When it comes to learning and analyzing a language, especially a new language, a good place to start is by studying the different parts of speech. Most languages in the world can be broken down into eight parts of speech, but English can sometimes have 10 parts of speech, depending on who you ask. Knowing the parts of speech can help people to understand how words come together to form sentences and how sentences are strung together to create speech. Although it's likely that most students are already familiar with these parts of grammar, it never hurts to have a bit of a refresher.

About the 10 Parts of Speech

Before explaining the 10 parts of speech, it's important to understand that most organizations today consider there only to be eight parts of speech and in some cases, nine parts of speech. Both articles and determiners/quantifiers are the two parts of grammar that may sometimes be left out.

1. Noun: Person, Place or Thing

You may be wondering which words are nouns? A noun is defined as a person, place, thing or idea. Proper nouns, which are specific nouns that a person knows (such as the name of a restaurant), always begin with a capital letter. Common nouns, which are general words, such as "cars," are not capitalized.

2. Pronoun: In Place of a Noun

A pronoun is a word that can be used in place of a noun, typically after the noun itself has already been stated. The pronouns are "I, You, He, She, It, We, They." An example of this in speech is, "James likes to eat pizza, but he prefers pepperoni." In this case, "he" is the pronoun because it is being used in place of the noun which is "James."

3. Verb: An Action Word

A verb is one of the 10 parts of speech that can be confusing for language learners because it needs to be conjugated based on the tense and the pronoun. A verb is an action word or "doing" word that signifies movement in some way. Some examples of verbs are "run," "jump," "eat," "kiss," "study" etc.

4. Adjective: Describes a Noun

An adjective is a word that's used to describe a specific noun and to provide more detail to the listener. It's one of the essential parts of grammar, otherwise language would be dull and boring and it would be difficult to identify things. For instance, instead of saying "The car," the speaker can say, "The red car." In this case, "red" is the adjective, because it tells the listener what the car looks like.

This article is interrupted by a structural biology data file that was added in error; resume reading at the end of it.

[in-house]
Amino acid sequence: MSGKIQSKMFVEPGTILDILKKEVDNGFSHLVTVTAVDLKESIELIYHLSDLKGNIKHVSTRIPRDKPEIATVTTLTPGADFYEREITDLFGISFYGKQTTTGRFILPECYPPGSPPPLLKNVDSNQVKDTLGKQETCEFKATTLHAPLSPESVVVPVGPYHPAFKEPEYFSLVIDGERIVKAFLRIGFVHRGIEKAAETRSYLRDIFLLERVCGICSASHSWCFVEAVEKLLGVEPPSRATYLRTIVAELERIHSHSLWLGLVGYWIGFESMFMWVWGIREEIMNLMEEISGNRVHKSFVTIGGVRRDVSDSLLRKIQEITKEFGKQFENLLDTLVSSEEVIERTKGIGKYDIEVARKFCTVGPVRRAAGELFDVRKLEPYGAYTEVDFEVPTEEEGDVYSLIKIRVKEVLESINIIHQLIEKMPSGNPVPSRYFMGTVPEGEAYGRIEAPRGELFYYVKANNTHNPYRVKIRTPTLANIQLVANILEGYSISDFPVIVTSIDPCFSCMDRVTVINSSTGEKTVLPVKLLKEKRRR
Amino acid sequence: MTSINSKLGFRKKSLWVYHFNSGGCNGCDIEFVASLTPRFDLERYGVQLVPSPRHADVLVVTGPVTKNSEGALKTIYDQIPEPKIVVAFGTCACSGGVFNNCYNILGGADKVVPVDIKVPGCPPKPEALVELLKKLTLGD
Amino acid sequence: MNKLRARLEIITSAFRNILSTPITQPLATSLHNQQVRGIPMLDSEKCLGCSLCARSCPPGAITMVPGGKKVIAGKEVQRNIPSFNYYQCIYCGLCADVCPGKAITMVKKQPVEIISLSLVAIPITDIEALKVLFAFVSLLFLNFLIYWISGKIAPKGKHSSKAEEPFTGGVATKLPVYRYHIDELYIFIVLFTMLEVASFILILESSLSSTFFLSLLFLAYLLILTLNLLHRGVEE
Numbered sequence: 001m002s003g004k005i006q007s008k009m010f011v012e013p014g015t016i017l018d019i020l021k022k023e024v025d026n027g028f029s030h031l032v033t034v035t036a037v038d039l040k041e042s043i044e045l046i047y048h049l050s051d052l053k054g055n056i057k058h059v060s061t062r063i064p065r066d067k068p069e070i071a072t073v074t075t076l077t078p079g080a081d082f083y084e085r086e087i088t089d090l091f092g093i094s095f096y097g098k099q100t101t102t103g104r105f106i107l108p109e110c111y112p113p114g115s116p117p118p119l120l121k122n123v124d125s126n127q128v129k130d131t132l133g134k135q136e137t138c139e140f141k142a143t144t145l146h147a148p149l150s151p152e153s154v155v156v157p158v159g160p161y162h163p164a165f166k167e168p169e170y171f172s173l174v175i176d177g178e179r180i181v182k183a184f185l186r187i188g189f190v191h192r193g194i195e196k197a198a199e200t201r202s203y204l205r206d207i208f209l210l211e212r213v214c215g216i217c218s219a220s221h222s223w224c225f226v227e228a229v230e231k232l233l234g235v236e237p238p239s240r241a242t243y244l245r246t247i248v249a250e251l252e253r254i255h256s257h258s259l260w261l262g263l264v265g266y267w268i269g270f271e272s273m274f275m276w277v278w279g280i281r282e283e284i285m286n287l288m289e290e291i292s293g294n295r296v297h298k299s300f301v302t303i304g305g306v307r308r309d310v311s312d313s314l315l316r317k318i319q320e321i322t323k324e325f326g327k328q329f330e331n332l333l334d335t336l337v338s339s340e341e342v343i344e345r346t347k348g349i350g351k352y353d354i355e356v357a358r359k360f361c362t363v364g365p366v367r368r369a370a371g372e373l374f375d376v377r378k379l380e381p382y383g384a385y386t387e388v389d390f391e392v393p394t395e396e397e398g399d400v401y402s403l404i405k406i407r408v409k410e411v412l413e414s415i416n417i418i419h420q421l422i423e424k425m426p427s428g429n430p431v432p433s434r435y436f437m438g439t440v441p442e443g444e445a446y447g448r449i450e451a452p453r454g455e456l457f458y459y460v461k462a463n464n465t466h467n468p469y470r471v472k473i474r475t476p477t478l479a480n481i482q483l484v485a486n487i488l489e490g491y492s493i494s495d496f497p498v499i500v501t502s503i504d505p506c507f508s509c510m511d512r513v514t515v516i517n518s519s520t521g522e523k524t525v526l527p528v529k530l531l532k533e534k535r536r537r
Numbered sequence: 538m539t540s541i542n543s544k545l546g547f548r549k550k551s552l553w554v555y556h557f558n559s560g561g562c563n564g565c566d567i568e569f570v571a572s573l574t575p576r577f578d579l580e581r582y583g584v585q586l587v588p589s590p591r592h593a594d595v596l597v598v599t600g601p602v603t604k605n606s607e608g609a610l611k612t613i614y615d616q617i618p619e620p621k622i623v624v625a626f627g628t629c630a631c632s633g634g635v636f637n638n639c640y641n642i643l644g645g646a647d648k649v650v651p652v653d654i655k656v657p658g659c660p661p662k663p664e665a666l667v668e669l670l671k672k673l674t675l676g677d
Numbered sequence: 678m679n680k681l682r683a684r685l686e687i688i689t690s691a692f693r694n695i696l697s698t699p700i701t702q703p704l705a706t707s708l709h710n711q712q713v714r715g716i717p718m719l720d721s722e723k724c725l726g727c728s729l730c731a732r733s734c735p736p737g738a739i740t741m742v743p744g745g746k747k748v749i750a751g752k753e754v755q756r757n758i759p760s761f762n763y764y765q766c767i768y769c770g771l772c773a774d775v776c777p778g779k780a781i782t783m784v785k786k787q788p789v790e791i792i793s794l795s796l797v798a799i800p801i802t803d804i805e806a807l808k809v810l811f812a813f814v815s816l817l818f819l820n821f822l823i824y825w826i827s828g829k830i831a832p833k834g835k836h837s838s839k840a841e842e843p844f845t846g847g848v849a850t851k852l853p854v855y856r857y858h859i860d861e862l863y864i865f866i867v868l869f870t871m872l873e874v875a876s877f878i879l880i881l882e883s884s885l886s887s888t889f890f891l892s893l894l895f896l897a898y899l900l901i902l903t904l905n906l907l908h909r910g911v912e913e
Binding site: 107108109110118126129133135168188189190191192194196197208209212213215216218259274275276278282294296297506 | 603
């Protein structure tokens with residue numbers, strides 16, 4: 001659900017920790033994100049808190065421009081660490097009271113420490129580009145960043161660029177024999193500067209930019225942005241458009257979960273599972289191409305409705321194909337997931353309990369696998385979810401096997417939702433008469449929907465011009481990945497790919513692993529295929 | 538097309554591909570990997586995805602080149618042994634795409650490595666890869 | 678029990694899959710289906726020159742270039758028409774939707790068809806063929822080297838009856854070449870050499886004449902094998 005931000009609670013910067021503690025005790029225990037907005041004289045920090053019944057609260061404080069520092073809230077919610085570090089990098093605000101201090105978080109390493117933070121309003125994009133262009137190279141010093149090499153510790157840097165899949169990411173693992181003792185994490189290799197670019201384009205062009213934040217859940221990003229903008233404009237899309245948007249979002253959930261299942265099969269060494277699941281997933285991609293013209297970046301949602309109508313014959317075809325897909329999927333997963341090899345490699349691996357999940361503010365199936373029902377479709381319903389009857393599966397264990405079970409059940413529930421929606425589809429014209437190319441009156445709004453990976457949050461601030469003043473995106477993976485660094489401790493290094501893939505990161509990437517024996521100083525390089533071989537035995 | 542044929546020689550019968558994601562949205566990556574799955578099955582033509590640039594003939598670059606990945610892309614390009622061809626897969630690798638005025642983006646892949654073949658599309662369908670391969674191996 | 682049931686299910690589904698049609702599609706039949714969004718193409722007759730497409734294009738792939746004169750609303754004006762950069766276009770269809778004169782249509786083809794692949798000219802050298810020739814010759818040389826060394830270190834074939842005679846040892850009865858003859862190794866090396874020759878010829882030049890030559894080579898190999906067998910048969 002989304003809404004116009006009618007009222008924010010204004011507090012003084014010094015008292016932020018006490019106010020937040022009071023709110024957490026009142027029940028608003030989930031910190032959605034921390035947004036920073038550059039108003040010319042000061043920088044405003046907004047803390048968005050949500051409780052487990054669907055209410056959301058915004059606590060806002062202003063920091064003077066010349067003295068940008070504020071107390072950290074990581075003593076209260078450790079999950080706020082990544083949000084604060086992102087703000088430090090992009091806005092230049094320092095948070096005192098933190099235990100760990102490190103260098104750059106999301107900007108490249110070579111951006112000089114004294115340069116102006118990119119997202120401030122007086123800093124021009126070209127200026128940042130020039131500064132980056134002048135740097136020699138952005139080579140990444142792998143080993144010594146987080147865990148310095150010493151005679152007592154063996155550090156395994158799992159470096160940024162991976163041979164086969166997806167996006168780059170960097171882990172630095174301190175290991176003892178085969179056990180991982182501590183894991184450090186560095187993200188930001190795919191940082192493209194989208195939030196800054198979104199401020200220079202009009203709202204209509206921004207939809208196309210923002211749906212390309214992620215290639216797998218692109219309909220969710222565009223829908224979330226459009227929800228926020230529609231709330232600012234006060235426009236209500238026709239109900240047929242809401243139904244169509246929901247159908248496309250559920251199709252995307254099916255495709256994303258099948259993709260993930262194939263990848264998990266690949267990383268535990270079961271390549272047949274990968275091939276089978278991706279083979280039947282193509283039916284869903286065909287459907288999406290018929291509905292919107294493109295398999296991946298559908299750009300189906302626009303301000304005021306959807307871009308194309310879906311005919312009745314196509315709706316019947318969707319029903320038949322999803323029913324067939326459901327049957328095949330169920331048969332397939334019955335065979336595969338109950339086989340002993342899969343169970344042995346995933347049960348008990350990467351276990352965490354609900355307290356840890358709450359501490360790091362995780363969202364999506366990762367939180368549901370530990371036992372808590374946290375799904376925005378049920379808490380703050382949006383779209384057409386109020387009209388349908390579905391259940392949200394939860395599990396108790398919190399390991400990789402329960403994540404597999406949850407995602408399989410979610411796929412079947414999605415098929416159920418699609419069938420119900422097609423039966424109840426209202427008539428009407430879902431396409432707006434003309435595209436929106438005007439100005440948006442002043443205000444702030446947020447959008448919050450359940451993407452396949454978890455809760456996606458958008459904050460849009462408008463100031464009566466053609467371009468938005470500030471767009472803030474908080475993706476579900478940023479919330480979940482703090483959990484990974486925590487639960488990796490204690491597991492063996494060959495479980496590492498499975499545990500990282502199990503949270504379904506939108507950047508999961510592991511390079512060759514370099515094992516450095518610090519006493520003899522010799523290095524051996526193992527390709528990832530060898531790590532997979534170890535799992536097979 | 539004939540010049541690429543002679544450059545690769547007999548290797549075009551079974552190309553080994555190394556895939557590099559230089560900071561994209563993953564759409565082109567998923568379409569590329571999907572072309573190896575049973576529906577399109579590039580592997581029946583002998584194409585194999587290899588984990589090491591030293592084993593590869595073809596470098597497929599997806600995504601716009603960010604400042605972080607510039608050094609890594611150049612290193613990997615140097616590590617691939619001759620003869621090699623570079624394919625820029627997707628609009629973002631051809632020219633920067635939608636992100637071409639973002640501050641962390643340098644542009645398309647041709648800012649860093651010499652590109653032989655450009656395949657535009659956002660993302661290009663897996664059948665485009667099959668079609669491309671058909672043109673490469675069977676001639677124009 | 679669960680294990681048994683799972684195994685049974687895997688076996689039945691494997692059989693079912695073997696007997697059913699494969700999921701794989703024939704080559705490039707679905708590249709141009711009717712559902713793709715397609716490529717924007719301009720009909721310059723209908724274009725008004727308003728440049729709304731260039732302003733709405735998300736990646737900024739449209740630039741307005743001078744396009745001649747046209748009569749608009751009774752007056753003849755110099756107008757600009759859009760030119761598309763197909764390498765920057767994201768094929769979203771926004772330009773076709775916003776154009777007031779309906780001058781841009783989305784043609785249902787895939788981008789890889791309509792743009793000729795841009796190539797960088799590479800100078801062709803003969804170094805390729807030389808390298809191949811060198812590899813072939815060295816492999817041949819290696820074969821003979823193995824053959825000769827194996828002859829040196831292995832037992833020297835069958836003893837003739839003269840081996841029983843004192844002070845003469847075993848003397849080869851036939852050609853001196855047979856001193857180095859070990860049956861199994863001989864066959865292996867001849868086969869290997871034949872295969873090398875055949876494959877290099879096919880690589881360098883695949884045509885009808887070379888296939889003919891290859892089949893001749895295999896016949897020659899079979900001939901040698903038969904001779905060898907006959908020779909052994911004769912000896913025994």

5. Article: Type of Adjective*

An article is another type of adjective that may not be considered a part of speech by some but can be sometimes be counted towards the 10 parts of speech, at least in English. This is likely because not all languages have articles. An article is either the word "a" "an" or "the" and is used to give more information about a common noun. Is that red car a car you recognize (your mom's car), or is it a random red car driving on the highway? If so, you can either say "The red car" if you recognize it or "A red car" if you don't recognize it. "An" is used before a noun that begins with a vowel sound, like "octopus" or "hour."

6. Determiner/Quantifier States How Many*

A determiner or quantifier is another one of the 10 parts of speech that's not always counted because it can also be considered an adjective. Additionally, articles can sometimes be considered determiners as well, which is why both articles and determiners are usually left out of the eight parts of speech. A determiner or quantifier is used to state how many or how much of a noun there is. For instance, in the sentence "There are many children at the playground" the word "many" is the determiner.

7. Adverb: Describes a Verb

An adverb is yet another type of adjective that's used to describe a verb, but it can also describe an adjective or another adverb. Sometimes, an adverb ends in "ly" but not always. An adverb can also be words like "very" and "too." If you're unsure as to whether or not a word is considered an adverb, check to see if it answers the question "How?" For example, in the sentence, "Madison frantically did her homework" ask yourself, "How did Madison do her homework?" Frantically.

8. Conjunction: Used to Connect Sentences

A conjunction is a word like "if" "but" or "and" which is used to connect sentences or clauses together. For example, if you have two sentences like "I am hungry" and "I am angry," you can join these together with the conjunction "and." Now, the sentence is, "I am hungry and angry."

9. Preposition: Used to State Location

A preposition is one of the most exciting parts of grammar for children to learn because they can have a lot of fun with it. Because a preposition is used to describe the location of something in relation to something else, such as "under" "beside" or "next to" children can use their bodies or objects to represent prepositions or prepositional phrases.

10. Interjection: Used to Express Emotion

An interjection is used to express emotion in a sentence. It could be a word like "Woah!" or "Oops!" Instead of saying something like, "The boy was surprised," you could use an interjection to instead say_"'Wow!' Said the boy in surprise."_

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